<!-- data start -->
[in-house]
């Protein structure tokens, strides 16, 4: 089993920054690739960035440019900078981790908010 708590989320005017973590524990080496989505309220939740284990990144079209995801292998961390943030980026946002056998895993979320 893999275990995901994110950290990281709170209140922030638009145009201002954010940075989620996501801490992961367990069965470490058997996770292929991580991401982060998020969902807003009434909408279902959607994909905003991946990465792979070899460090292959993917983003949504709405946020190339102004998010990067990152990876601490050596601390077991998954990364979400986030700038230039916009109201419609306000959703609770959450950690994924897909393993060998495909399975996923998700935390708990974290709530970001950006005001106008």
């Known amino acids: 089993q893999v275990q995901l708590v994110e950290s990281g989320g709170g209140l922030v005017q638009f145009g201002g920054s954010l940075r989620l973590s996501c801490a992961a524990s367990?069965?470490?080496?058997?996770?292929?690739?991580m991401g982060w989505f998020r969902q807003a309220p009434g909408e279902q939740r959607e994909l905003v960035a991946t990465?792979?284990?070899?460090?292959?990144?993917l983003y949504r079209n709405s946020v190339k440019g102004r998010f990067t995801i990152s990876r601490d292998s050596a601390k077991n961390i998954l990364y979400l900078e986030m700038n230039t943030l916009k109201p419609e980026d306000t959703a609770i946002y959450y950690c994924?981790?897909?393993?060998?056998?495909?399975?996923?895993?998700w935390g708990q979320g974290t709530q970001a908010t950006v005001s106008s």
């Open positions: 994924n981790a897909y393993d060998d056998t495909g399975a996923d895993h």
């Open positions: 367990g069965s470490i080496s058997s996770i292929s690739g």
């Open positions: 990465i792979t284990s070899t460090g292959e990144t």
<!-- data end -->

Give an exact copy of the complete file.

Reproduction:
[in-house]
């Protein structure tokens, strides 16, 4: 089993920054690739960035440019900078981790908010 708590989320005017973590524990080496989505309220939740284990990144079209995801292998961390943030980026946002056998895993979320 893999275990995901994110950290990281709170209140922030638009145009201002954010940075989620996501801490992961367990069965470490058997996770292929991580991401982060998020969902807003009434909408279902959607994909905003991946990465792979070899460090292959993917983003949504709405946020190339102004998010990067990152990876601490050596601390077991998954990364979400986030700038230039916009109201419609306000959703609770959450950690994924897909393993060998495909399975996923998700935390708990974290709530970001950006005001106008």
């Known amino acids: 089993q893999v275990q995901l708590v994110e950290s990281g989320g709170g209140l922030v005017q638009f145009g201002g920054s954010l940075r989620l973590s996501c801490a992961a524990s367990?069965?470490?080496?058997?996770?292929?690739?991580m991401g982060w989505f998020r969902q807003a309220p009434g909408e279902q939740r959607e994909l905003v960035a991946t990465?792979?284990?070899?460090?292959?990144?993917l983003y949504r079209n709405s946020v190339k440019g102004r998010f990067t995801i990152s990876r601490d292998s050596a601390k077991n961390i998954l990364y979400l900078e986030m700038n230039t943030l916009k109201p419609e980026d306000t959703a609770i946002y959450y950690c994924?981790?897909?393993?060998?056998?495909?399975?996923?895993?998700w935390g708990q979320g974290t709530q970001a908010t950006v005001s106008s």
């Open positions: 994924n981790a897909y393993d060998d056998t495909g399975a996923d895993h």
């Open positions: 367990g069965s470490i080496s058997s996770i292929s690739g």
């Open positions: 990465i792979t284990s070899t460090g292959e990144t």